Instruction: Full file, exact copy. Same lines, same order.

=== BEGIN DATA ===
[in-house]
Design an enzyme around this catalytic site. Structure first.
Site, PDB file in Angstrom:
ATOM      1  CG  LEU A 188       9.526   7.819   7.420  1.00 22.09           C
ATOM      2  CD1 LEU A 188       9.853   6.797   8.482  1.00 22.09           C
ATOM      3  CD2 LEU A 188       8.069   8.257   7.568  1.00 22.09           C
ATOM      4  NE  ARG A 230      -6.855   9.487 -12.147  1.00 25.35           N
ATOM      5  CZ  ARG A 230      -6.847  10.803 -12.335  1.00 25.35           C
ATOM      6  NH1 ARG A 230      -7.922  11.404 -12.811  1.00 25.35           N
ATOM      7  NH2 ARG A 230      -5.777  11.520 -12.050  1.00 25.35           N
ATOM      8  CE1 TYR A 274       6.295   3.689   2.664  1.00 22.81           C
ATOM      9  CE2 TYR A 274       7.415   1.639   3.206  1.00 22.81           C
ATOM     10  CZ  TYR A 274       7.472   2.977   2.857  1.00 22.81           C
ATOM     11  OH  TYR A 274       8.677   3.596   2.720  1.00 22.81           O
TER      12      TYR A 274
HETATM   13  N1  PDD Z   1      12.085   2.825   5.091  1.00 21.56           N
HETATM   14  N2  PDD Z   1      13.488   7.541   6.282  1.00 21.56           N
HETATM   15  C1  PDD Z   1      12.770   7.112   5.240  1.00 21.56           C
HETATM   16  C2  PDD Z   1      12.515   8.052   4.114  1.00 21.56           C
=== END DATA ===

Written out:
[in-house]
Design an enzyme around this catalytic site. Structure first.
Site, PDB file in Angstrom:
ATOM      1  CG  LEU A 188       9.526   7.819   7.420  1.00 22.09           C
ATOM      2  CD1 LEU A 188       9.853   6.797   8.482  1.00 22.09           C
ATOM      3  CD2 LEU A 188       8.069   8.257   7.568  1.00 22.09           C
ATOM      4  NE  ARG A 230      -6.855   9.487 -12.147  1.00 25.35           N
ATOM      5  CZ  ARG A 230      -6.847  10.803 -12.335  1.00 25.35           C
ATOM      6  NH1 ARG A 230      -7.922  11.404 -12.811  1.00 25.35           N
ATOM      7  NH2 ARG A 230      -5.777  11.520 -12.050  1.00 25.35           N
ATOM      8  CE1 TYR A 274       6.295   3.689   2.664  1.00 22.81           C
ATOM      9  CE2 TYR A 274       7.415   1.639   3.206  1.00 22.81           C
ATOM     10  CZ  TYR A 274       7.472   2.977   2.857  1.00 22.81           C
ATOM     11  OH  TYR A 274       8.677   3.596   2.720  1.00 22.81           O
TER      12      TYR A 274
HETATM   13  N1  PDD Z   1      12.085   2.825   5.091  1.00 21.56           N
HETATM   14  N2  PDD Z   1      13.488   7.541   6.282  1.00 21.56           N
HETATM   15  C1  PDD Z   1      12.770   7.112   5.240  1.00 21.56           C
HETATM   16  C2  PDD Z   1      12.515   8.052   4.114  1.00 21.56           C